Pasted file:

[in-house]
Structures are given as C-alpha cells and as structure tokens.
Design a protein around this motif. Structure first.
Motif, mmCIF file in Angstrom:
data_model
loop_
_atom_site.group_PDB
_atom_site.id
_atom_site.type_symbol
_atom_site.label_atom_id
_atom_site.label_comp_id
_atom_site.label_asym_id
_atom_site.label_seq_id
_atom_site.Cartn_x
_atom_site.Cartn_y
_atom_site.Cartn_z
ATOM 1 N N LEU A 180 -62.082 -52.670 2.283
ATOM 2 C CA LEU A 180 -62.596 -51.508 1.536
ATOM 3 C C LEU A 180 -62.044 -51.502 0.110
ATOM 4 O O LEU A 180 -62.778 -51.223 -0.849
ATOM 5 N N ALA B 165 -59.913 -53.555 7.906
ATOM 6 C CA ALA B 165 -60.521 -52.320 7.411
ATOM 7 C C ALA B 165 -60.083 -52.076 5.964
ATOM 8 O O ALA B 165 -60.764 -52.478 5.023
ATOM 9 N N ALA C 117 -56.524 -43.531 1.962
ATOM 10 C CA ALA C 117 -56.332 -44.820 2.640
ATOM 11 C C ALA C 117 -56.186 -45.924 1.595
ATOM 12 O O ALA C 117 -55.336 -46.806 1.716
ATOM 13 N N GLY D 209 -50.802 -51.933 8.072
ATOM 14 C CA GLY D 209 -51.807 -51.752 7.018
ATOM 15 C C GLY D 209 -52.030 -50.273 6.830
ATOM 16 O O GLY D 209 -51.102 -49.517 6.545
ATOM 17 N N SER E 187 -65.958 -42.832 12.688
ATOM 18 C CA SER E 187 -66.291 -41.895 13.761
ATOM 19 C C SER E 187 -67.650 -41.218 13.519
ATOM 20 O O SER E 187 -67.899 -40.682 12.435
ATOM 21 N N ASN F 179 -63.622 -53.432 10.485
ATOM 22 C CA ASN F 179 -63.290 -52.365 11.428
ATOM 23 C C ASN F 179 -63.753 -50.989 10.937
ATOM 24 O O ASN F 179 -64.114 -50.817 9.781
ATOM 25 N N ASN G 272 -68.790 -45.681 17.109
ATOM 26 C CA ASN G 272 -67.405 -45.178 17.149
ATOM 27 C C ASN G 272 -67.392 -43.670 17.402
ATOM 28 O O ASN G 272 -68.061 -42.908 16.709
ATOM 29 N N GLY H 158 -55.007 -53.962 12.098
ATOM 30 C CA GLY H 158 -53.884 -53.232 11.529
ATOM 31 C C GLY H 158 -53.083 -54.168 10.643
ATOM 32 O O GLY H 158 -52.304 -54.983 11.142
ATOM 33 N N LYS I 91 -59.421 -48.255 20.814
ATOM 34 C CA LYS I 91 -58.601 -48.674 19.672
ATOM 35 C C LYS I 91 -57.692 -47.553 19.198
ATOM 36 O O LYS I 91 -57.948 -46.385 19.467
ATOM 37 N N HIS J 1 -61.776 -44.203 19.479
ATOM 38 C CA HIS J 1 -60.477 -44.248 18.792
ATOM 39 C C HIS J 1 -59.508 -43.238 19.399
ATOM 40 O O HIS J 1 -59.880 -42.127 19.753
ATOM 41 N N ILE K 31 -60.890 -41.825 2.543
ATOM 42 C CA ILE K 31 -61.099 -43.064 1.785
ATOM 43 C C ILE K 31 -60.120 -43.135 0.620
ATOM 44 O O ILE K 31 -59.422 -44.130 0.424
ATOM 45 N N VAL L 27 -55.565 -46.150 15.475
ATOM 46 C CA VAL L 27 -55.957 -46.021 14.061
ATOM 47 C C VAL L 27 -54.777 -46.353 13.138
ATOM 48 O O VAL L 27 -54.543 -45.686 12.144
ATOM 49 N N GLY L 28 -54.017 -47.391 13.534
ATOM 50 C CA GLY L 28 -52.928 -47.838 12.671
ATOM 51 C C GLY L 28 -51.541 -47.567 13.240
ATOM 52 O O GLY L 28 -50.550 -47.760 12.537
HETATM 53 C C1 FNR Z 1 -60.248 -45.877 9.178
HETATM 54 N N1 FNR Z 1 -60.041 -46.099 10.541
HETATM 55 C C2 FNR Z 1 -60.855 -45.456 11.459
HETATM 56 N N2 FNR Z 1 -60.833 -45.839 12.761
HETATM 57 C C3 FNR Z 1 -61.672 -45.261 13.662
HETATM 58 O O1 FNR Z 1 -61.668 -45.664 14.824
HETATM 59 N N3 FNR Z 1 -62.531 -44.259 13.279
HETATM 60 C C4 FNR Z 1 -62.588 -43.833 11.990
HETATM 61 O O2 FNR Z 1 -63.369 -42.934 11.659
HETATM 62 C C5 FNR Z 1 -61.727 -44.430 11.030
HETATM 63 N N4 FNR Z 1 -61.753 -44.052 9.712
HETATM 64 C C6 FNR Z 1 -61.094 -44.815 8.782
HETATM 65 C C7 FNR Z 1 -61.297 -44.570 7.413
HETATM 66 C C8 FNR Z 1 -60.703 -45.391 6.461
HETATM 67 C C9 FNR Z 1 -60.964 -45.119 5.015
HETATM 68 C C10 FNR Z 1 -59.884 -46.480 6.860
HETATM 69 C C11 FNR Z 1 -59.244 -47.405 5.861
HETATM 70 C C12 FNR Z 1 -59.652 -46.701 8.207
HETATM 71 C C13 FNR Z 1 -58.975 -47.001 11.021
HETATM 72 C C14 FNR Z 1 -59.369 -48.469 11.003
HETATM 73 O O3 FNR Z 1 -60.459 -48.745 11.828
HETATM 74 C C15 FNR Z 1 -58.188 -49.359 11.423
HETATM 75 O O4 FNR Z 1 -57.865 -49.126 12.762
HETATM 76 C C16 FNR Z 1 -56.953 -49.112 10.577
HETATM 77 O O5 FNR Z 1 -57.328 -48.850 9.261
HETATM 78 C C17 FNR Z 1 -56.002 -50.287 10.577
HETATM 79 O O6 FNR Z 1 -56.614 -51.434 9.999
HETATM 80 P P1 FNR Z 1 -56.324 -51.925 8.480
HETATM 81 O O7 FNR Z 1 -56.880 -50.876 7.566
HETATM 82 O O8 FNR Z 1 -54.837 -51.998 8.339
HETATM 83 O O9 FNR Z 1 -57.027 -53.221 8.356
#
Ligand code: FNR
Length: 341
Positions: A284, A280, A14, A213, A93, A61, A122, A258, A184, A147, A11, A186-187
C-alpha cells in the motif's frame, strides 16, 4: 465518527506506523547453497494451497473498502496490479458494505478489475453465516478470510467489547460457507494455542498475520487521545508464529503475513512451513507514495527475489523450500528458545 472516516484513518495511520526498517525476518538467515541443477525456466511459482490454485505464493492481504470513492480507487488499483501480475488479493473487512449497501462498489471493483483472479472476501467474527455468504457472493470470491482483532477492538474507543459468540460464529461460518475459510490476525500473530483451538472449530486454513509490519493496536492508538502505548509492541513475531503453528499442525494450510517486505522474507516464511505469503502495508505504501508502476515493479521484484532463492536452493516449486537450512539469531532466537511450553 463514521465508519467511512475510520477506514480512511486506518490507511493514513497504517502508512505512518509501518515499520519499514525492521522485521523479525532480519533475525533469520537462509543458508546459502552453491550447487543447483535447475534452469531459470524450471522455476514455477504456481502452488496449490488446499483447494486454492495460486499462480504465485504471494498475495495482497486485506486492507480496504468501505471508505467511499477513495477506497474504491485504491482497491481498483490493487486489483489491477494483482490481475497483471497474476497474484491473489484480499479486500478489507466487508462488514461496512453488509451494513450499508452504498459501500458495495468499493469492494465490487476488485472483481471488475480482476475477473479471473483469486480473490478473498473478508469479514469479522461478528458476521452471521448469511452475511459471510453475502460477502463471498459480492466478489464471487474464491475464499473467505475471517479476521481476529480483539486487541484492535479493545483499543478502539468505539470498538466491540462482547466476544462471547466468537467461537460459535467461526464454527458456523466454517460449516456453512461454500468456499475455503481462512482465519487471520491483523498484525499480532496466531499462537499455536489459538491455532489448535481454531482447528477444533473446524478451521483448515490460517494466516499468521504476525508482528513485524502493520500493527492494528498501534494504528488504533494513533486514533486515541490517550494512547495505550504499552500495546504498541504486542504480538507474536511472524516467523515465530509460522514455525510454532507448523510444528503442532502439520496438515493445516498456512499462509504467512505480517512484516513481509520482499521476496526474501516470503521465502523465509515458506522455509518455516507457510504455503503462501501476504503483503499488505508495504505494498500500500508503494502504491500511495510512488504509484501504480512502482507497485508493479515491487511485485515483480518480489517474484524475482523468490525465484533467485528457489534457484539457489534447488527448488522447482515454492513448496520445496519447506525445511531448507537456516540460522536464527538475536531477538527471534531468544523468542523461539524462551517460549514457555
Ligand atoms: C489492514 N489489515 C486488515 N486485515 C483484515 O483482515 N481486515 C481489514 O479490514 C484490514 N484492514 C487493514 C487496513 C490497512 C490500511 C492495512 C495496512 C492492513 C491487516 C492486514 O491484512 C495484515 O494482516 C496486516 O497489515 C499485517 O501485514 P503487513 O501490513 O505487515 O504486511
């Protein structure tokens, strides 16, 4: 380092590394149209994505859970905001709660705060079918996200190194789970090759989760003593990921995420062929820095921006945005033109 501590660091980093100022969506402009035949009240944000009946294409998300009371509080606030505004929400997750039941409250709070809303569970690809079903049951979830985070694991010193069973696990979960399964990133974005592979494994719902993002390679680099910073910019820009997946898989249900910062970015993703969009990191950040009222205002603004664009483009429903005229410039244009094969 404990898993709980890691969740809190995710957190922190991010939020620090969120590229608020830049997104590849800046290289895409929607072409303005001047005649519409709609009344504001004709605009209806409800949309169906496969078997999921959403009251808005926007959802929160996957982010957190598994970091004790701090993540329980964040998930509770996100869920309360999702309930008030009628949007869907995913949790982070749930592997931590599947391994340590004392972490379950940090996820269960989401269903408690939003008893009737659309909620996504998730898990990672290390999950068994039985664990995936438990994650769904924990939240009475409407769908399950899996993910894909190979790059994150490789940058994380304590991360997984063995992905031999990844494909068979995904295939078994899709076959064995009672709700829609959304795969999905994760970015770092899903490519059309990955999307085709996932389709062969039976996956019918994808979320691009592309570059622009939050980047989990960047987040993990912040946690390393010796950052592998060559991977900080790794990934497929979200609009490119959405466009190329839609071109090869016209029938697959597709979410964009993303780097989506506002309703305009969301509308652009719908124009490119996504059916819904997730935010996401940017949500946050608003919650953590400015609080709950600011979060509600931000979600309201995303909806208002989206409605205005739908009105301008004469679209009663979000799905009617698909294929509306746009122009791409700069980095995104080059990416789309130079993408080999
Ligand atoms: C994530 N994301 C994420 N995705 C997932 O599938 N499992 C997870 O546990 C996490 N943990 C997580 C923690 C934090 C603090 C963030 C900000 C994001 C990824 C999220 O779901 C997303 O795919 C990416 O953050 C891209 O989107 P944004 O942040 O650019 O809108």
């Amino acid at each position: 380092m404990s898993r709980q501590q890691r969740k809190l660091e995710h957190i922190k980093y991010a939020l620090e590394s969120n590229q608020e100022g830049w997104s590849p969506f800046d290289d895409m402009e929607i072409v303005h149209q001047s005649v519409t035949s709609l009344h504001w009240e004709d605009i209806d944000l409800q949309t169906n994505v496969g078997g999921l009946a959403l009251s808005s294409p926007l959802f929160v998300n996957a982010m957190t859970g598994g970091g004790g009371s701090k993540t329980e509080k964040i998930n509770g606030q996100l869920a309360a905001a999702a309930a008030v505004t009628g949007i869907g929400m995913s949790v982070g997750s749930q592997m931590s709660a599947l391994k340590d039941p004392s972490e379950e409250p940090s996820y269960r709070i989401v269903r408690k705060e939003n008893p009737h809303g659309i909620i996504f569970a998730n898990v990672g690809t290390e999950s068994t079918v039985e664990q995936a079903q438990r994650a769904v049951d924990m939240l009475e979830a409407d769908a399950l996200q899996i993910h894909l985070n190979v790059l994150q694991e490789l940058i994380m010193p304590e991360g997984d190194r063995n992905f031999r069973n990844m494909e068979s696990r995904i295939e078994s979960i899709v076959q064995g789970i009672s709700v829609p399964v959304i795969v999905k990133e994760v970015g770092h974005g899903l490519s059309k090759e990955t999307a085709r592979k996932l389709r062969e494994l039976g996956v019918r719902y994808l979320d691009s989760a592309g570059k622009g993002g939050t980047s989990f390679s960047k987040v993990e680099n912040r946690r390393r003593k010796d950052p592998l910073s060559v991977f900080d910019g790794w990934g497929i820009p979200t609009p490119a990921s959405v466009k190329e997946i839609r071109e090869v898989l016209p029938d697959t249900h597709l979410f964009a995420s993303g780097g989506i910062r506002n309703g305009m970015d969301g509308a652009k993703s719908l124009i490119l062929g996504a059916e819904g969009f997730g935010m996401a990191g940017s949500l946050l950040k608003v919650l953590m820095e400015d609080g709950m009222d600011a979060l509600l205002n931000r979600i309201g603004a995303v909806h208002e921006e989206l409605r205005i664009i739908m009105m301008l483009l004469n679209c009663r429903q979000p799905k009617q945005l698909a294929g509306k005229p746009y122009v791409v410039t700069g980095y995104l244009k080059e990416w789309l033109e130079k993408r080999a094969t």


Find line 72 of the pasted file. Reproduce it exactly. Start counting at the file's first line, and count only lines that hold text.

HETATM 56 N N2 FNR Z 1 -60.833 -45.839 12.761